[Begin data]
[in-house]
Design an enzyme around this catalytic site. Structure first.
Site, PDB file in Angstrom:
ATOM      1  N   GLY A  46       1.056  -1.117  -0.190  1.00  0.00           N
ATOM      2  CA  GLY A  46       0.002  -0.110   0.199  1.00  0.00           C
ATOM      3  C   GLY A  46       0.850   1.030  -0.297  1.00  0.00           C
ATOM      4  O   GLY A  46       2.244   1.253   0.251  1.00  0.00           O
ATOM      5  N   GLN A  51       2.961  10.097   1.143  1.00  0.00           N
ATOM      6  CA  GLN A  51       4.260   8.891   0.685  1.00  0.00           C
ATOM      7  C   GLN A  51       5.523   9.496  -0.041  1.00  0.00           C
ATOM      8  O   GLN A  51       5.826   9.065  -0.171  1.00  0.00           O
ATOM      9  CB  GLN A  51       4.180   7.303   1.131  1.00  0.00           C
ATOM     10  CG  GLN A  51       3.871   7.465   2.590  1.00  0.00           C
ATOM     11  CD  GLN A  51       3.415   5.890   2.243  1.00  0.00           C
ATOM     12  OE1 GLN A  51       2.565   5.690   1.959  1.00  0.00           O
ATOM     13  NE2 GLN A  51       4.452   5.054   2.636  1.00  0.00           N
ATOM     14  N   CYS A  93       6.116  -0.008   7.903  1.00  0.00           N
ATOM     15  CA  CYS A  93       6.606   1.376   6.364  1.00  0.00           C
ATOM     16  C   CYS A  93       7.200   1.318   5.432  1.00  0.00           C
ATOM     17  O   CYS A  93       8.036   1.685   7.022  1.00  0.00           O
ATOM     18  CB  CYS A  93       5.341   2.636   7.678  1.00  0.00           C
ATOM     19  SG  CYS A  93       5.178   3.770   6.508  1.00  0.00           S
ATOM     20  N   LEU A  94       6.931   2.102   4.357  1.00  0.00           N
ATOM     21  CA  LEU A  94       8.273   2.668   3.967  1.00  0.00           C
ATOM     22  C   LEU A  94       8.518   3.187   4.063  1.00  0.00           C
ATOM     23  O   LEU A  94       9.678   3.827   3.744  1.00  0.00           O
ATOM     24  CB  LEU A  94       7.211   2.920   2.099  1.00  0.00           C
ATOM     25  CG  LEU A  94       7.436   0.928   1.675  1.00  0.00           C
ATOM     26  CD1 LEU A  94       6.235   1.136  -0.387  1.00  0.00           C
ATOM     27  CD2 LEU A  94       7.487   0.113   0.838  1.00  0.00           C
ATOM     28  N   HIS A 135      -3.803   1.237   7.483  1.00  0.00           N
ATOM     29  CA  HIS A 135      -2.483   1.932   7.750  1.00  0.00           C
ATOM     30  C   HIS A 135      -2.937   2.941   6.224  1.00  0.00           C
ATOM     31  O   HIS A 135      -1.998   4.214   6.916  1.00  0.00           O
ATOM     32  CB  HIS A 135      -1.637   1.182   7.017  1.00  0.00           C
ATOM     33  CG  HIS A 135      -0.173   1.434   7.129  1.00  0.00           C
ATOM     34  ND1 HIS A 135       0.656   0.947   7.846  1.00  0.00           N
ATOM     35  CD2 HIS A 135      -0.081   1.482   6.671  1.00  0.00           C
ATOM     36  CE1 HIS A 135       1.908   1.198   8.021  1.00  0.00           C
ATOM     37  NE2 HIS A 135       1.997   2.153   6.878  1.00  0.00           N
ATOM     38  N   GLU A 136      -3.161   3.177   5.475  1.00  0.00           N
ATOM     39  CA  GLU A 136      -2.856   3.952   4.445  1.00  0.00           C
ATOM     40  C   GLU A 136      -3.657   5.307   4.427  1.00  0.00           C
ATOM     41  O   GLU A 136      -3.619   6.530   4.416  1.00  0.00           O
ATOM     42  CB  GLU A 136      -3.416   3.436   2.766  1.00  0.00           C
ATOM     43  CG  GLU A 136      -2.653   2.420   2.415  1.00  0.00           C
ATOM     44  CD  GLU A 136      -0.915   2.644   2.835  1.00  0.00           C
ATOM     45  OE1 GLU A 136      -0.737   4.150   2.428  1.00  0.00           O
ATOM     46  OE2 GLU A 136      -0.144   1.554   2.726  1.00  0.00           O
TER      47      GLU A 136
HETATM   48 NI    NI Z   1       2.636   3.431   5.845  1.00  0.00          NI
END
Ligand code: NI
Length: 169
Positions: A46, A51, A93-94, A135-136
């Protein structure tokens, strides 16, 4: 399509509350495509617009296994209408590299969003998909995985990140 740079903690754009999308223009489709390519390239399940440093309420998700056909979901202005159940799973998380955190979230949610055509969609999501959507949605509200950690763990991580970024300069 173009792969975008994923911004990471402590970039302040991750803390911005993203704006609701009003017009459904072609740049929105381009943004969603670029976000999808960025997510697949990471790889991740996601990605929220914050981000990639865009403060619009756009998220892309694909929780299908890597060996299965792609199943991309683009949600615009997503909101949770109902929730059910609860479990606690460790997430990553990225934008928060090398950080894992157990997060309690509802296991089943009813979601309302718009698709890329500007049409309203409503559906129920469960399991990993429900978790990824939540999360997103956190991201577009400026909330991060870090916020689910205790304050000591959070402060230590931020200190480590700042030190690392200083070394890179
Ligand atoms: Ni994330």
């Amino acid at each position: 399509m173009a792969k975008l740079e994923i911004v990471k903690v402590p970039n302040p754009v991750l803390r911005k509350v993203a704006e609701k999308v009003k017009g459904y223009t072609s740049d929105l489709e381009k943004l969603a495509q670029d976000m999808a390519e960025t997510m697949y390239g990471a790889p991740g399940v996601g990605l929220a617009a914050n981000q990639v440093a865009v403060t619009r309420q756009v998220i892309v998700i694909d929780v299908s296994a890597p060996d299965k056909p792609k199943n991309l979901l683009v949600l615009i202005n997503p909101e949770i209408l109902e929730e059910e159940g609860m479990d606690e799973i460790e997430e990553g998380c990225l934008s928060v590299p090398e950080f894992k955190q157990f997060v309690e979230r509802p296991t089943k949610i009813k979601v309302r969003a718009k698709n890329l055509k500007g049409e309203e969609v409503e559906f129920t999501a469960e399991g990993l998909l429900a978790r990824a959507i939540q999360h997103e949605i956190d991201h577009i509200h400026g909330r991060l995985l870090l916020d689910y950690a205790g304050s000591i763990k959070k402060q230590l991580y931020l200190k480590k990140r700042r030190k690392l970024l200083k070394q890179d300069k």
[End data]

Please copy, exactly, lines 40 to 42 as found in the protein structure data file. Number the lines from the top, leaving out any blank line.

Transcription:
ATOM     37  NE2 HIS A 135       1.997   2.153   6.878  1.00  0.00           N
ATOM     38  N   GLU A 136      -3.161   3.177   5.475  1.00  0.00           N
ATOM     39  CA  GLU A 136      -2.856   3.952   4.445  1.00  0.00           C